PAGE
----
Tribune News Service
New Delhi, Nov 6
UNICEF and the World Health Organisation today issued an urgent call for funding to avert measles and polio epidemics as Covid-19 continues to disrupt immunisation services worldwide, leaving millions of vulnerable children at heightened risk of preventable childhood diseases.
829 teachers, 575 students +ve in AP
- Hyderabad: As many as 829 teachers and 575 students have tested positive for Covid-19 after the schools reopened in Andhra Pradesh on November 2. Classes resumed for ninth and 10th and second year Intermediate students three days ago.
- The state government started testing students from Monday, but the reports (received on Thursday) threw up a large number of positive students and teachers across all 13 districts of the state.
- Official are now saying that those who tested positive had come to schools with infection rather than picking up the virus in schools. Tns
The two organisations estimate that US$655 million (US$400 million for polio and US$255 million for measles) are needed to address dangerous immunity gaps in non GAVI (Global Vaccine Alliance) countries and target age groups.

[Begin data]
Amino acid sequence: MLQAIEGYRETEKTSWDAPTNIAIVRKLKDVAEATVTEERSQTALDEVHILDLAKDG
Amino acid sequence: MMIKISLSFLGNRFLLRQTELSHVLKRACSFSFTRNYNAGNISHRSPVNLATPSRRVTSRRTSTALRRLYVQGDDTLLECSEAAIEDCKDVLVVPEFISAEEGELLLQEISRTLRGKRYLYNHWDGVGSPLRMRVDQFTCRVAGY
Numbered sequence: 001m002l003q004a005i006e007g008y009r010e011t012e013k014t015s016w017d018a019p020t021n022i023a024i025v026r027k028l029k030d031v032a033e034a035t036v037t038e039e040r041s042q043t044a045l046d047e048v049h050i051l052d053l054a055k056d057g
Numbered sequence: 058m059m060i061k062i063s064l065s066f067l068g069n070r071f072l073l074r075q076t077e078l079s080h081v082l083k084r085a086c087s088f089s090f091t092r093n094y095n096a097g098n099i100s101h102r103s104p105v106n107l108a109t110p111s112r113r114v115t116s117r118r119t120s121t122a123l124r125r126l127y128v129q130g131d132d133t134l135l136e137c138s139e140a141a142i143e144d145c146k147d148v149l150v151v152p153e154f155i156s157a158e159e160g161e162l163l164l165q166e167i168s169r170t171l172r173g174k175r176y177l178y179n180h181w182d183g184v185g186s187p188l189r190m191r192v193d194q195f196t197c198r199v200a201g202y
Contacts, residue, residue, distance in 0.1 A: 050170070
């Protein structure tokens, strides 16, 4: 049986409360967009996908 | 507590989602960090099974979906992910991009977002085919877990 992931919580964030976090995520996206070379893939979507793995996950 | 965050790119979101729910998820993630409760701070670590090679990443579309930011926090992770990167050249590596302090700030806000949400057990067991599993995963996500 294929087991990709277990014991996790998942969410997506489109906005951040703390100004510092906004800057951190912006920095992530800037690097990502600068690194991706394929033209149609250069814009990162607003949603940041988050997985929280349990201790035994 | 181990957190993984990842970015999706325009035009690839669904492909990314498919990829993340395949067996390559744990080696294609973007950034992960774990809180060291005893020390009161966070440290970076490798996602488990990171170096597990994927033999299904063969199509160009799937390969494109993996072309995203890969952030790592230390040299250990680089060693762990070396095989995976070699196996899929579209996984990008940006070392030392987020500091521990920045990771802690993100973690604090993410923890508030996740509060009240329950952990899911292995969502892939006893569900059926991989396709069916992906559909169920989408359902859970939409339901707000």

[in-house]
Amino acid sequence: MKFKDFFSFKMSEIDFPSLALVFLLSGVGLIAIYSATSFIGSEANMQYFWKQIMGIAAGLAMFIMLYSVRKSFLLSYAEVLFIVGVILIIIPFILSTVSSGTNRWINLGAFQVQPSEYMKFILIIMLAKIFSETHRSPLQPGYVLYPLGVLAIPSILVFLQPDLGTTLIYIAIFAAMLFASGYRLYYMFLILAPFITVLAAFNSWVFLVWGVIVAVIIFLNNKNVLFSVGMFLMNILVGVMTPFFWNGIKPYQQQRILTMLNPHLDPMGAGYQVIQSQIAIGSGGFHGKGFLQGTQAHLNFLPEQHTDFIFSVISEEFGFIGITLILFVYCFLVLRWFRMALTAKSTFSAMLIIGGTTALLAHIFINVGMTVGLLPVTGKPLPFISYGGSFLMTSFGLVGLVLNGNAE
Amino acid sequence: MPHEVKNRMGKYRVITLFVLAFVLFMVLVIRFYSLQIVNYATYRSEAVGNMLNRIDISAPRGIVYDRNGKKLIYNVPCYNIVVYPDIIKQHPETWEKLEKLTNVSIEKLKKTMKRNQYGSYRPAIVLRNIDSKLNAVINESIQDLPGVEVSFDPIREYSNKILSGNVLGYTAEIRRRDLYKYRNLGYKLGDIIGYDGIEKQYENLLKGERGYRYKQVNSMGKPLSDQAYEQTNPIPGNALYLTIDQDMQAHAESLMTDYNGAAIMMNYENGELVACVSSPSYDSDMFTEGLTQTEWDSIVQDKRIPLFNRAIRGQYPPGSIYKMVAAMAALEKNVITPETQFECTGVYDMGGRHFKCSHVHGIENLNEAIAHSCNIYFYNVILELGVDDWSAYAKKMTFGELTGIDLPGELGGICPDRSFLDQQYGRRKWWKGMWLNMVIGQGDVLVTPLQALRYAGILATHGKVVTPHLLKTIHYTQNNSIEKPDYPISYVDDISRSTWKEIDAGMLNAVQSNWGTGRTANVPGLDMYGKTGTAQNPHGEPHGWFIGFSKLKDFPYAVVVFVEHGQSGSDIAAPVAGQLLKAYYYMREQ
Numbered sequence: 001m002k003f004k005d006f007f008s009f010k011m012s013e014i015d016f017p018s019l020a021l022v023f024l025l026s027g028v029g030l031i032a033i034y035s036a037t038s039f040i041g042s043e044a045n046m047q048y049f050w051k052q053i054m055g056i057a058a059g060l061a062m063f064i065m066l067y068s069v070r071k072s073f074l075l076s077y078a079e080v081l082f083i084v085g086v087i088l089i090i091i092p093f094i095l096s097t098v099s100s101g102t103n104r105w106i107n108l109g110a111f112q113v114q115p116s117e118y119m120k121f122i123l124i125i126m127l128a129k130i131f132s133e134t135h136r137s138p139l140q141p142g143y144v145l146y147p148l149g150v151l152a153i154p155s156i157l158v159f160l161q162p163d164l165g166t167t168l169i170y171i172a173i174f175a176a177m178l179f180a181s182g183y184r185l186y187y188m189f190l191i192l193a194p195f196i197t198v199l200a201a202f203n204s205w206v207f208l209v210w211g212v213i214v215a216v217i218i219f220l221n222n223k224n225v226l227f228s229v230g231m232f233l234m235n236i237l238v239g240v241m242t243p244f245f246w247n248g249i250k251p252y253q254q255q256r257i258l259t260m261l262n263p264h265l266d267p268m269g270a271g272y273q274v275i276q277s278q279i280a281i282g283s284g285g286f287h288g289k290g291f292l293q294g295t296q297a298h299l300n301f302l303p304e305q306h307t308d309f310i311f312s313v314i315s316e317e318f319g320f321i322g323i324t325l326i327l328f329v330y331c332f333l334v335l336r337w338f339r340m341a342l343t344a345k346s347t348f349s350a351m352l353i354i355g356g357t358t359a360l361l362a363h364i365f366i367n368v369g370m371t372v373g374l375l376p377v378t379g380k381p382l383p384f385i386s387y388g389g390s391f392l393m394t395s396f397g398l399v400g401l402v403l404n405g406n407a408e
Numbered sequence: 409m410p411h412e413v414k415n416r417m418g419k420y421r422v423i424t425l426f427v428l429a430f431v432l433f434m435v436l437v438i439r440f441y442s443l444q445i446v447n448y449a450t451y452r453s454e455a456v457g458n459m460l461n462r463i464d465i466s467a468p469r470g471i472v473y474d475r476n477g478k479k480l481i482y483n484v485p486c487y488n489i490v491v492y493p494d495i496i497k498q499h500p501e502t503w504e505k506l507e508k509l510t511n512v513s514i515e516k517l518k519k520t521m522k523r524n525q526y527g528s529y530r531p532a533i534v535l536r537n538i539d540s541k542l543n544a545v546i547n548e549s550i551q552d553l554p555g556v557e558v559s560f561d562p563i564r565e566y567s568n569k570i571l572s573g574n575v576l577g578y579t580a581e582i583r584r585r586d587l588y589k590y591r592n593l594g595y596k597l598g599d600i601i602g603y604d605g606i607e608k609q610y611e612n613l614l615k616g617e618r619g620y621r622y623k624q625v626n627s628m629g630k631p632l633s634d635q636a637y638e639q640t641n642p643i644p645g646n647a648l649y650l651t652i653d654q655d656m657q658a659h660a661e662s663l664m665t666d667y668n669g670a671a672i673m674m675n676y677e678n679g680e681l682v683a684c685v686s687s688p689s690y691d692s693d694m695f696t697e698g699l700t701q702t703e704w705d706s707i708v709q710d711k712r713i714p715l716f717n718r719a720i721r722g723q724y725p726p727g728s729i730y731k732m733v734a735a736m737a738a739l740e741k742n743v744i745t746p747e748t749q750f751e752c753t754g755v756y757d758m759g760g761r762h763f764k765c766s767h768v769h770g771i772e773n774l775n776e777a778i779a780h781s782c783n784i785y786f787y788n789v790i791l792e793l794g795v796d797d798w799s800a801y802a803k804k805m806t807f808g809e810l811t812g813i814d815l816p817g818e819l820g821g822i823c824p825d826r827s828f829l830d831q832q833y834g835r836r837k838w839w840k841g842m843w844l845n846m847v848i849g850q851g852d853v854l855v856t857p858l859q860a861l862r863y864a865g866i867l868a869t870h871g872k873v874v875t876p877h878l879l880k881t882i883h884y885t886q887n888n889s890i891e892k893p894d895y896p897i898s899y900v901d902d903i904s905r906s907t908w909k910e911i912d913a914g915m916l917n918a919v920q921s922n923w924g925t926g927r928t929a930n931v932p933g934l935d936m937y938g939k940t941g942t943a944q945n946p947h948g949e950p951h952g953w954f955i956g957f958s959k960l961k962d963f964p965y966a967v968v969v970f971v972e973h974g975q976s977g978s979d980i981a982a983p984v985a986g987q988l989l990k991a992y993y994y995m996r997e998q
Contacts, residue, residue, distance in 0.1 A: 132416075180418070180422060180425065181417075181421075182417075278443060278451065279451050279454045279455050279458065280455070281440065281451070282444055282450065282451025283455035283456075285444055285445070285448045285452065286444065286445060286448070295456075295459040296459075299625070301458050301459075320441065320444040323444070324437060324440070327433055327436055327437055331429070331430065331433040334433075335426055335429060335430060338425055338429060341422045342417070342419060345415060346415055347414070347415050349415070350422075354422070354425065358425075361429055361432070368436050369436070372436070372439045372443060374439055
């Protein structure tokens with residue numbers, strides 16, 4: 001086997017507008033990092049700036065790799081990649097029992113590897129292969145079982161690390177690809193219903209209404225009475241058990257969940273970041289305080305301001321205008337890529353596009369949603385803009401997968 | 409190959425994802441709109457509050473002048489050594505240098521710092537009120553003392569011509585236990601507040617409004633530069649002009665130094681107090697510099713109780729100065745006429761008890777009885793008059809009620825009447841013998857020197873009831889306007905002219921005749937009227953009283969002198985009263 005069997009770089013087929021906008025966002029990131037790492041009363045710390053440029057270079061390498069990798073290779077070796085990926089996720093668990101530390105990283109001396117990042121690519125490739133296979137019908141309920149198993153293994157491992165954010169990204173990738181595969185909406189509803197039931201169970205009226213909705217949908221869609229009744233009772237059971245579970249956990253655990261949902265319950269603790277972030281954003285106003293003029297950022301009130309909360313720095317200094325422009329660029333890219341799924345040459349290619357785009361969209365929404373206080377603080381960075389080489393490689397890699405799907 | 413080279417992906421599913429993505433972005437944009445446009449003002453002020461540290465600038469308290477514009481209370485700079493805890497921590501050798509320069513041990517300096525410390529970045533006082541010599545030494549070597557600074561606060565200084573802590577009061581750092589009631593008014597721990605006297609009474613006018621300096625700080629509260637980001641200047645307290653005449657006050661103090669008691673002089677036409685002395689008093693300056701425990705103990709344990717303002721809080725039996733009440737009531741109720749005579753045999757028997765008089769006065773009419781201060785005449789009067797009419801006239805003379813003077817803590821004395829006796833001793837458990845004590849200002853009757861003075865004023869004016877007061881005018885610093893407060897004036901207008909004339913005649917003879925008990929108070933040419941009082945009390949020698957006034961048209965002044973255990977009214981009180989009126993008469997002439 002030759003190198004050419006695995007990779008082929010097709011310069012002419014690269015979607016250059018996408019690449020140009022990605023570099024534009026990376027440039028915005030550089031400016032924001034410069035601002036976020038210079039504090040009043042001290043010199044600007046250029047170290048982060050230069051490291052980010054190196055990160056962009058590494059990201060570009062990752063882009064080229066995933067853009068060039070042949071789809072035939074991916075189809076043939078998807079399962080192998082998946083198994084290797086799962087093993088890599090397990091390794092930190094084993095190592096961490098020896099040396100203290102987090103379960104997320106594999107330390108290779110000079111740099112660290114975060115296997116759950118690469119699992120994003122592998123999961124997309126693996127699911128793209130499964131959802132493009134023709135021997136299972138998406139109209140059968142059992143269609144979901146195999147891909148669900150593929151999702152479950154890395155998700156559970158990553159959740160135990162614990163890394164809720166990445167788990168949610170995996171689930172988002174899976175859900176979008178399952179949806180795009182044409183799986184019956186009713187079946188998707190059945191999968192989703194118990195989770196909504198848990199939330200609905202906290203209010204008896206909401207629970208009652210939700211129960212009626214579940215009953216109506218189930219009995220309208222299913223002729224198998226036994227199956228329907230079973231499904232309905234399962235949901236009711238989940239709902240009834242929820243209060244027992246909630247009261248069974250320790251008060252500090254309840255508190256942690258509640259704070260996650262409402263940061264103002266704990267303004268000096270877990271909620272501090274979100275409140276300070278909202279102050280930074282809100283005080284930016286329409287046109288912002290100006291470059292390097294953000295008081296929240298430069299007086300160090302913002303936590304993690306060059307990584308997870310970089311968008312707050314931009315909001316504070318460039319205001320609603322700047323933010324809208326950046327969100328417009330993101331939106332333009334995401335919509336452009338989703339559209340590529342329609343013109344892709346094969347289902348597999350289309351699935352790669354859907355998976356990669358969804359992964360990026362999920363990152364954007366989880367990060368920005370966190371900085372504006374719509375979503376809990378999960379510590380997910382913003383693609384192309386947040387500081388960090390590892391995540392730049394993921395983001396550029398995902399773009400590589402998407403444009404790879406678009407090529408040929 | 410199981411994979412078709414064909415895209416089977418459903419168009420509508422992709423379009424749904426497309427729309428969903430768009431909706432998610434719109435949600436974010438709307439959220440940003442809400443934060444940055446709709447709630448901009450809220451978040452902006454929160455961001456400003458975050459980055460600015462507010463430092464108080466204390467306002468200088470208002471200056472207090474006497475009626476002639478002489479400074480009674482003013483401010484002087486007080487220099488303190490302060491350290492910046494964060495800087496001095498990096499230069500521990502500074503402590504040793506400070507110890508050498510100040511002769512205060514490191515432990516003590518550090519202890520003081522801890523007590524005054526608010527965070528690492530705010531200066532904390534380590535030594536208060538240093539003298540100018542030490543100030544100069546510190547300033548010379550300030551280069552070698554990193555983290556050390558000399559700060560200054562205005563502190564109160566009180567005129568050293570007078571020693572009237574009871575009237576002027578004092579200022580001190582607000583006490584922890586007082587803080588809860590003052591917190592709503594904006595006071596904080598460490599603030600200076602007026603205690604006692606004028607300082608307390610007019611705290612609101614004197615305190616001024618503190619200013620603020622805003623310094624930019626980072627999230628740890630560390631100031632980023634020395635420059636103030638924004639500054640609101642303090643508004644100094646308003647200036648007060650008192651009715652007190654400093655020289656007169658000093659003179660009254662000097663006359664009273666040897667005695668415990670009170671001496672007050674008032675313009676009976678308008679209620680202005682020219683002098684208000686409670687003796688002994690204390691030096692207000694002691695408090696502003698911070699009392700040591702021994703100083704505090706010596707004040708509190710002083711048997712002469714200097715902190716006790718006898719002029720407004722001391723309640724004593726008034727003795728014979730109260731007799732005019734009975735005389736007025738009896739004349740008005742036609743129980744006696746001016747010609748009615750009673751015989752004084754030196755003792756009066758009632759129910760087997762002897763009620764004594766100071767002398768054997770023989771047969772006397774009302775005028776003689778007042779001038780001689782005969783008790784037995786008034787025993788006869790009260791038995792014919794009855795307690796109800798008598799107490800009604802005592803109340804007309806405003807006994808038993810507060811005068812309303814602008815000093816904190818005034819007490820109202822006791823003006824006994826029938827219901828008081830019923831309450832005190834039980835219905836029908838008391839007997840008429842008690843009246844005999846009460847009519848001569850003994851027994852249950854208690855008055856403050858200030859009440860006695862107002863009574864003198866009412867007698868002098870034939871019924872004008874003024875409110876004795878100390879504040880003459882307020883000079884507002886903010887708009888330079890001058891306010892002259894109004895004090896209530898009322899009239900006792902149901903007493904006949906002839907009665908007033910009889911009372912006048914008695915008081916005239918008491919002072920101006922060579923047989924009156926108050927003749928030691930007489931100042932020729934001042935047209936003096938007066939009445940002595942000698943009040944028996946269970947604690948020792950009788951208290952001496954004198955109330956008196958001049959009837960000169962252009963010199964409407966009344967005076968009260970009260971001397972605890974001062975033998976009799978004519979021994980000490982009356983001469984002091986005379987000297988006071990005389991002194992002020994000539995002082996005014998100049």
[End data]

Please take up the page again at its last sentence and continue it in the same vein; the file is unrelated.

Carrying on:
“Covid-19 has had a devastating effect on health services and in particular immunisation services, worldwide,” said Tedros Ghebreyesus, WHO Director-General.
He said: “Unlike with Covid, we have the tools and knowledge to stop diseases such as polio and measles. What we need are the resources and commitments to put these tools and knowledge into action. If we do that, children’s lives will be saved,” he said.
In recent years, there has been a global resurgence of measles with ongoing outbreaks in all parts of the world. Vaccination coverage gaps have been further exacerbated in 2020 by Covid.
In 2019, measles climbed to the highest number of new infections in more than two decades.
At the same time, polio virus transmission is expected to increase in Pakistan and Afghanistan and in many under-immunised areas of Africa.
Failure to eradicate polio now would lead to global resurgence of the disease, resulting in as many as 200,000 new cases annually, within 10 years, the organisations warned.